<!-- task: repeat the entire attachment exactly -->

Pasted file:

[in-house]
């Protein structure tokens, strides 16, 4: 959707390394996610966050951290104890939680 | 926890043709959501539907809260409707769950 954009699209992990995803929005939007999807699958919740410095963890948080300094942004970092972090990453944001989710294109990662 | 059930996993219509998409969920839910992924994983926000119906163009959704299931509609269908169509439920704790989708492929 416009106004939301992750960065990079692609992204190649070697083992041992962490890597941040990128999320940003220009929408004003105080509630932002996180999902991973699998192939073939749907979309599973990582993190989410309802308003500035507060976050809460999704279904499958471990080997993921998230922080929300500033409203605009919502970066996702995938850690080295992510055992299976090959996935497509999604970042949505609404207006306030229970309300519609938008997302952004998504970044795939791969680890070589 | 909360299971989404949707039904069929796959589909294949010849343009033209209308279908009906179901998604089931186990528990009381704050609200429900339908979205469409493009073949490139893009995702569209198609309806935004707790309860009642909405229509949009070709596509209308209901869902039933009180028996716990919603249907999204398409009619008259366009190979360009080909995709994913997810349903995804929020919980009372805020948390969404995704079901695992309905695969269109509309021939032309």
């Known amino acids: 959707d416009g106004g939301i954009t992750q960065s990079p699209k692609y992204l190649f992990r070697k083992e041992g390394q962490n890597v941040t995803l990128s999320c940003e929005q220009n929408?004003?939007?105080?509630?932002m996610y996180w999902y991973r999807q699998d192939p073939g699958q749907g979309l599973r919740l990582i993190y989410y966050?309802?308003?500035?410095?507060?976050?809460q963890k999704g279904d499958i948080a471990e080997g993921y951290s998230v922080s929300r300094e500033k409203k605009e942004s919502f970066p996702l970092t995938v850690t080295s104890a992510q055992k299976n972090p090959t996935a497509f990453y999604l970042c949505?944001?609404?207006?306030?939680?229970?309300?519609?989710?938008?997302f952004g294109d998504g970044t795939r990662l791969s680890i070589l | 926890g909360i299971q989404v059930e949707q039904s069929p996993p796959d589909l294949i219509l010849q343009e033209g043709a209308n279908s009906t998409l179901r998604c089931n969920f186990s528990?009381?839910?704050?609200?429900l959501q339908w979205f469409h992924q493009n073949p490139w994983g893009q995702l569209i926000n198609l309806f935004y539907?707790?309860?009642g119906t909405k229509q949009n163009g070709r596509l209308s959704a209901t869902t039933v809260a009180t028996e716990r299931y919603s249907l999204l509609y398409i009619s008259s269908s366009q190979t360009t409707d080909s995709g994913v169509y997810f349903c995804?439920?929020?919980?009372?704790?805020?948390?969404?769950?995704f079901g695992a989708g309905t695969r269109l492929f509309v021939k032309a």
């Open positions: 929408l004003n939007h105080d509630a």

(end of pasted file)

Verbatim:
[in-house]
């Protein structure tokens, strides 16, 4: 959707390394996610966050951290104890939680 | 926890043709959501539907809260409707769950 954009699209992990995803929005939007999807699958919740410095963890948080300094942004970092972090990453944001989710294109990662 | 059930996993219509998409969920839910992924994983926000119906163009959704299931509609269908169509439920704790989708492929 416009106004939301992750960065990079692609992204190649070697083992041992962490890597941040990128999320940003220009929408004003105080509630932002996180999902991973699998192939073939749907979309599973990582993190989410309802308003500035507060976050809460999704279904499958471990080997993921998230922080929300500033409203605009919502970066996702995938850690080295992510055992299976090959996935497509999604970042949505609404207006306030229970309300519609938008997302952004998504970044795939791969680890070589 | 909360299971989404949707039904069929796959589909294949010849343009033209209308279908009906179901998604089931186990528990009381704050609200429900339908979205469409493009073949490139893009995702569209198609309806935004707790309860009642909405229509949009070709596509209308209901869902039933009180028996716990919603249907999204398409009619008259366009190979360009080909995709994913997810349903995804929020919980009372805020948390969404995704079901695992309905695969269109509309021939032309």
């Known amino acids: 959707d416009g106004g939301i954009t992750q960065s990079p699209k692609y992204l190649f992990r070697k083992e041992g390394q962490n890597v941040t995803l990128s999320c940003e929005q220009n929408?004003?939007?105080?509630?932002m996610y996180w999902y991973r999807q699998d192939p073939g699958q749907g979309l599973r919740l990582i993190y989410y966050?309802?308003?500035?410095?507060?976050?809460q963890k999704g279904d499958i948080a471990e080997g993921y951290s998230v922080s929300r300094e500033k409203k605009e942004s919502f970066p996702l970092t995938v850690t080295s104890a992510q055992k299976n972090p090959t996935a497509f990453y999604l970042c949505?944001?609404?207006?306030?939680?229970?309300?519609?989710?938008?997302f952004g294109d998504g970044t795939r990662l791969s680890i070589l | 926890g909360i299971q989404v059930e949707q039904s069929p996993p796959d589909l294949i219509l010849q343009e033209g043709a209308n279908s009906t998409l179901r998604c089931n969920f186990s528990?009381?839910?704050?609200?429900l959501q339908w979205f469409h992924q493009n073949p490139w994983g893009q995702l569209i926000n198609l309806f935004y539907?707790?309860?009642g119906t909405k229509q949009n163009g070709r596509l209308s959704a209901t869902t039933v809260a009180t028996e716990r299931y919603s249907l999204l509609y398409i009619s008259s269908s366009q190979t360009t409707d080909s995709g994913v169509y997810f349903c995804?439920?929020?919980?009372?704790?805020?948390?969404?769950?995704f079901g695992a989708g309905t695969r269109l492929f509309v021939k032309a």
């Open positions: 929408l004003n939007h105080d509630a």